Prehistoric Transportation (Jan. 1, 2002) The Truth About Laser Beams(Jan. 2, 2002) Page Numbering (Jan. 3, 2002) Face to Face Resistance (Jan. 6, 2002) Chinese Breakfast (Jan. 7, 2002) Those in N-Dimension (Jan. 8, 2002) Martian Life (Jan. 9, 2002) Sleep In Eyes (Jan. 10, 2002) George Jones Ice Cubes Cats' Behinds Map Colors Regeneration


Dear Doctor Science,
The Flintstones cars ran on foot power. Why didn't they just walk instead of pulling the heavy car everywhere?
-- Justin Wallin from Hacienda Heights, CA

Cavemen were gluttons for punishment, frequently confusing pain with pleasure and chronic frustration for life itself. In this way, they resembled modern day graduate students, who often labor long hours for little financial and no discernable long-term gain. Especially those foolish enough to confuse achieving a graduate degree in the arts or humanities with artistic or human achievement itself, all the while ignoring the reality of a job market already glutted with increasingly disillusioned bearers of such worthless diplomas. So, in that way cavemen were really quite sophisticated, if being sophisticated can be defined as a form of masochism.
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Why don't we ever hear about seahorses any more?
-- Jim Kingsdale from Crested Butte, CO
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Today is the anniversary of the birth of Isaac Asimov Happy birthday to Diane Lane and Dennis Hastert!



Dear Doctor Science, What is a laser beam made of?
-- Lauren Grace from Toledo, OH

Normal light is comprised of zillions of photons. Laser light is made of futons, which are fat, stuffed photons with a zipper down the side. Some have a foam core and these are often mistakenly referred to as mumesons, which is just a fancy oriental term for futon. As in retail advertising, Science often gives the prosaic a new name to make it seem like things are really happening when, in fact, everyone is just playing Tetris on their office computers and waiting for lunch.
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Why do I cough when I use the Q-tips to clean my ears?
-- Thi Nguyen
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Today is the beginning of National Lose Weight/Fee Great Week in New York, NY
Happy birthday to Mel Gibson and Stephen Stills!



Dear Doctor Science, Why do books always have pages numbered from the start, not the finish?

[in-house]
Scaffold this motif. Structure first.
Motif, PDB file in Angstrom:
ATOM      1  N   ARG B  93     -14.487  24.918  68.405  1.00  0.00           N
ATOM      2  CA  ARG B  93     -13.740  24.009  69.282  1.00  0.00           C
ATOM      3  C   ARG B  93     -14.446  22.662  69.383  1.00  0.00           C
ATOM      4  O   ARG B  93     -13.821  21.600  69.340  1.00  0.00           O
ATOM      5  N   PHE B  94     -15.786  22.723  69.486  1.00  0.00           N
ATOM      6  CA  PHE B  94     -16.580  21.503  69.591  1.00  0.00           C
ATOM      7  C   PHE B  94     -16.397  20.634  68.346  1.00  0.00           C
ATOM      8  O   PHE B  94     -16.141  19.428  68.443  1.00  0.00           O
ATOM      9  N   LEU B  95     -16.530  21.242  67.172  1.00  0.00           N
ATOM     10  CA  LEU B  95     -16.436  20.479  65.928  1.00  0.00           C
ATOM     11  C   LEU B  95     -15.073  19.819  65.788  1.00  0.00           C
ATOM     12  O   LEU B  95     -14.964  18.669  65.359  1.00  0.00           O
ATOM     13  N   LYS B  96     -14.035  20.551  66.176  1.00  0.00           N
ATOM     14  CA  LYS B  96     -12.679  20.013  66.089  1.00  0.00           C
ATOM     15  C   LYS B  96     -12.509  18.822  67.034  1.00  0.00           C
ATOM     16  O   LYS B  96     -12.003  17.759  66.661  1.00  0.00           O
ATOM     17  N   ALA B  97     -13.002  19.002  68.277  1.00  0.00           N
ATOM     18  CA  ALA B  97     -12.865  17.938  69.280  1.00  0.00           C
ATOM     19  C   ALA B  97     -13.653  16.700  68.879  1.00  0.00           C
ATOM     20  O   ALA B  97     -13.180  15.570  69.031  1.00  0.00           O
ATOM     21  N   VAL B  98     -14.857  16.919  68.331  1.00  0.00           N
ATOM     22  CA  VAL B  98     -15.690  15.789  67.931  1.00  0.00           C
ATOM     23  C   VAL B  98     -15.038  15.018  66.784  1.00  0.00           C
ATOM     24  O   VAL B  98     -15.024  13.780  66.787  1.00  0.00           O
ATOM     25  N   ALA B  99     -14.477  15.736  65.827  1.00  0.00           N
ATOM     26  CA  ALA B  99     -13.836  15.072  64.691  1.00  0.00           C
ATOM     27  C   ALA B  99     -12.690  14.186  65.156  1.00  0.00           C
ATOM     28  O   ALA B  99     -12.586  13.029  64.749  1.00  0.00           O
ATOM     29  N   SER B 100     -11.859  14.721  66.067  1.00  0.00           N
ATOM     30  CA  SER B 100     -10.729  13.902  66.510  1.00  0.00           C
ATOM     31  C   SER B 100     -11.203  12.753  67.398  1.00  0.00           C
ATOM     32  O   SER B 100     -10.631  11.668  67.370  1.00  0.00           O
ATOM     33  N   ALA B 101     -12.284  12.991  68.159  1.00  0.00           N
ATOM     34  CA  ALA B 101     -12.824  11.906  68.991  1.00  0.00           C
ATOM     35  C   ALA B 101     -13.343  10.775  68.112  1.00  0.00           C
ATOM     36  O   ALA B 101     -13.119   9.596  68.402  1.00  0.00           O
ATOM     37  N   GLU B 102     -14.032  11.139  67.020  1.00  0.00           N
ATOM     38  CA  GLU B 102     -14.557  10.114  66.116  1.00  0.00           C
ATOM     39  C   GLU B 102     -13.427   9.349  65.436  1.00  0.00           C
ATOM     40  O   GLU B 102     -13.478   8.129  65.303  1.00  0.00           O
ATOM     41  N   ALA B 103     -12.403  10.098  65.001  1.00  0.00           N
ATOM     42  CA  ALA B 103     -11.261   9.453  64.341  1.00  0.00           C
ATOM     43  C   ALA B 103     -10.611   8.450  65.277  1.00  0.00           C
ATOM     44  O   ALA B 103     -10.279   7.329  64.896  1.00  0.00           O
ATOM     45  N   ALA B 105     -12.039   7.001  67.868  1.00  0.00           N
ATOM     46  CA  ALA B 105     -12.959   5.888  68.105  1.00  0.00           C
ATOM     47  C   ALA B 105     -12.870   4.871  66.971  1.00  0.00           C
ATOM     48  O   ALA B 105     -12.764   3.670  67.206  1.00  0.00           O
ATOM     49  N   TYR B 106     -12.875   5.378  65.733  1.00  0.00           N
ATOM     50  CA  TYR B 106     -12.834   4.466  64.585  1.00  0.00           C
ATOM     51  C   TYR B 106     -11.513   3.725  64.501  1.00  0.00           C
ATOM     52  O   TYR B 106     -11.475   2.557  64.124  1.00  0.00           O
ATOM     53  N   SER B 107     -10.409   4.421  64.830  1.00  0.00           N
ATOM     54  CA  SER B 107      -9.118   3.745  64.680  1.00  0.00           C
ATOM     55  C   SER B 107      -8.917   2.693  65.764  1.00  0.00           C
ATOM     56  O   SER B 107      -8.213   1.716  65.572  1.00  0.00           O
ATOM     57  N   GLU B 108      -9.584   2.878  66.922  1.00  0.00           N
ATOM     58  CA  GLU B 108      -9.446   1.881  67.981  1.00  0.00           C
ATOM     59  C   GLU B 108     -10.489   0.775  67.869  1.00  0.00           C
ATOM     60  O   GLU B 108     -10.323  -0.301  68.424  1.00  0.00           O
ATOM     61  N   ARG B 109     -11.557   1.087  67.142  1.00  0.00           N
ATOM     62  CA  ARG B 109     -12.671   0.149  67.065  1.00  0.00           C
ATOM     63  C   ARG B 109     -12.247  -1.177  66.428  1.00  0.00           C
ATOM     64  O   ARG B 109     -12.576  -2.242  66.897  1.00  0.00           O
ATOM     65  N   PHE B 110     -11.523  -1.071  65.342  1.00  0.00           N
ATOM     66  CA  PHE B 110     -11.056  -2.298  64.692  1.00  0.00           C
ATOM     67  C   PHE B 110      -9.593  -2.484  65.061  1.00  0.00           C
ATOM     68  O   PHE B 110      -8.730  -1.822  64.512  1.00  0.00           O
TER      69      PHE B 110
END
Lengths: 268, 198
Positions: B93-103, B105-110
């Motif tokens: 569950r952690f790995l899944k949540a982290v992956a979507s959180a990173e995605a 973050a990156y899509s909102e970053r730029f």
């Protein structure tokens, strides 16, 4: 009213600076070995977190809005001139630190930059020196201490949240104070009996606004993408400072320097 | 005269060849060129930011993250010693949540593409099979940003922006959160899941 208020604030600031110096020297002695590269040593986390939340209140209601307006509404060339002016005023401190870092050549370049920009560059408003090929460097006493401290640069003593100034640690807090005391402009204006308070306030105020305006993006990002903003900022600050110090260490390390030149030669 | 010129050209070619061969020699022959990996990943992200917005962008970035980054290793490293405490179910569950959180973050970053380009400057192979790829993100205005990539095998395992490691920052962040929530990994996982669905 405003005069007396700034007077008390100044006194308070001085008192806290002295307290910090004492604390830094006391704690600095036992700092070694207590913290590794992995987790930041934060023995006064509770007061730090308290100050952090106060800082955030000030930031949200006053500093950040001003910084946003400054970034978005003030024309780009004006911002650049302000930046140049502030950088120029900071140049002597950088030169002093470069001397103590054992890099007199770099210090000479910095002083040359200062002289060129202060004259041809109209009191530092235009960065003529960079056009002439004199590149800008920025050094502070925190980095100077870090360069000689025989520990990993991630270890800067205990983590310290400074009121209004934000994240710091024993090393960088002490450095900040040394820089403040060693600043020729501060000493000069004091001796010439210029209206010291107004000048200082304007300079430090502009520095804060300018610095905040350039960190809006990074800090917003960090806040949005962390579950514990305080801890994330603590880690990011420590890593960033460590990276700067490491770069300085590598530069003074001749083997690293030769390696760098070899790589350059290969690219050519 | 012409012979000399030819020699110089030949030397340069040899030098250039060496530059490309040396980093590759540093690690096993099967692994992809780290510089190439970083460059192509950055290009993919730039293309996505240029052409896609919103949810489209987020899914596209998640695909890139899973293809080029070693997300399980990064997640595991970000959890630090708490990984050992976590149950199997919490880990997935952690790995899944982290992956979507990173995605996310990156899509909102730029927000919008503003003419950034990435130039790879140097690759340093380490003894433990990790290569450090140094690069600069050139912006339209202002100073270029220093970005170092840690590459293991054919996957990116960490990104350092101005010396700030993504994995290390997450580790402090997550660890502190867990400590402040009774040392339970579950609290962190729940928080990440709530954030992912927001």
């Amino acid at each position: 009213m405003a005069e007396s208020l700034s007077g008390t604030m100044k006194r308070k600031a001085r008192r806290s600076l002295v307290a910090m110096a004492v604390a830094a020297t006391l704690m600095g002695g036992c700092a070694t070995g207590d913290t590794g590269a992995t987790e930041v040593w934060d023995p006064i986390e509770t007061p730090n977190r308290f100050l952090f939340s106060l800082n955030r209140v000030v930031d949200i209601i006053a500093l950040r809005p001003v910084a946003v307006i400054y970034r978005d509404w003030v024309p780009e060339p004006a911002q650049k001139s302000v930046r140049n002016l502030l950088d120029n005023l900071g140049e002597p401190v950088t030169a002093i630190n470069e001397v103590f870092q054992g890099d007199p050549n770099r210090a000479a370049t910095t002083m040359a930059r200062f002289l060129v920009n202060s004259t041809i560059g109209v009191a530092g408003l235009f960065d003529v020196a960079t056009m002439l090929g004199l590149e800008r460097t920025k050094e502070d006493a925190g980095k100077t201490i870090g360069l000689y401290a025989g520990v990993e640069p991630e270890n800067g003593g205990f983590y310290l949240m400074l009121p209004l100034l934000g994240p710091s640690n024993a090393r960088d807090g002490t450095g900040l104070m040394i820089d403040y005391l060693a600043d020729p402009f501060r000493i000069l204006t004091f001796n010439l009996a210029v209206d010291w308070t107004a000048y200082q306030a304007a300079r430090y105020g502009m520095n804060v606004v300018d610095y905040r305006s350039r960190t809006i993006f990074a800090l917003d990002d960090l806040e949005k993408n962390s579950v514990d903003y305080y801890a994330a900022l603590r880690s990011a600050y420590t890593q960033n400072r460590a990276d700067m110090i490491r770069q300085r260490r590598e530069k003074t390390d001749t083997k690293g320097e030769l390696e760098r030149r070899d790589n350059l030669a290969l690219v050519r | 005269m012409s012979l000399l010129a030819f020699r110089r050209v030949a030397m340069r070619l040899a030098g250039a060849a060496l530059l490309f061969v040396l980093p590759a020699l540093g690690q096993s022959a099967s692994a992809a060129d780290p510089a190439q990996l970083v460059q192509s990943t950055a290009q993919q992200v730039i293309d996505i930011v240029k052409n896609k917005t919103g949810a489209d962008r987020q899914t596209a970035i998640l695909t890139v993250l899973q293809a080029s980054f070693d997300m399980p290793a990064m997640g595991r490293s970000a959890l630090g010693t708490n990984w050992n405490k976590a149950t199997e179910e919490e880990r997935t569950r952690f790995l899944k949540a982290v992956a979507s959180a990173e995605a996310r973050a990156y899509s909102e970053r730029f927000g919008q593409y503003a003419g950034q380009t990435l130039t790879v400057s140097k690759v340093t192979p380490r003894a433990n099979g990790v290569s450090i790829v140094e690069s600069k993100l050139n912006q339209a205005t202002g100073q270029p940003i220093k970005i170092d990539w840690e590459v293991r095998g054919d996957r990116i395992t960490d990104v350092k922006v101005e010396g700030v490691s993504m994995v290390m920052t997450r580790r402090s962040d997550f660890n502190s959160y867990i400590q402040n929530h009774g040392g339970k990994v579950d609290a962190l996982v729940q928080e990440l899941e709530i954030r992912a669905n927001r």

-- Vivienne Symes from Brisbane, Queensland

Most people want to know how far they've come, not how much further they have to go. But then, most people read for pleasure, while you're probably one of those who reads only when the audio cassette version is unavailable and the movie version is still just a treatment lying unread on some producer's desk. Editions of books numbered from the end do exist, but are only available for those classic pieces of literature that are required reading in schools. Moby Dick, Beowulf, and anything by Henry James. Remember, if you're reading and thinking "Is it over yet?" you might want to find something else to read such as Grit, or back issues of Popular Mechanics.
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Where the hell is Buck Owens?
-- David Hurst from Corbin, KY
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Today is Trivia Day in Falls Church, VA
Happy birthday to Dyan Cannon and Floyd Patterson!



Dear Doctor Science, You have two samples, one of silicon dioxide, the other of polimide. The size of the samples is 1 mm squared, by 1 mm long. What is the resistance from face to face?
-- Dave Engle from Marshalltown, IA

It depends on the maximum voltage that could be impressed across the material. If the sample were gold plated, then the capacitance could be considerable. And, if we're talking alternating current here and I assume we are, then we'd have to worry about inductance. I don't know about you, but I hate inductance. It ruins everything. How many times have I described a perfectly workable circuit, only to find when it's off the schematic diagram and onto a breadboard that inductance crept in and changed all the parameters? Just say no to alternating current. Edison was right. Direct is best. Tesla was insane. I know that now.
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I wanted to know if you are a genious or insane (sorry about the spelling)
-- giberish from zimbabwa, ?
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Today is the anniversary of the birth of Elvis Presley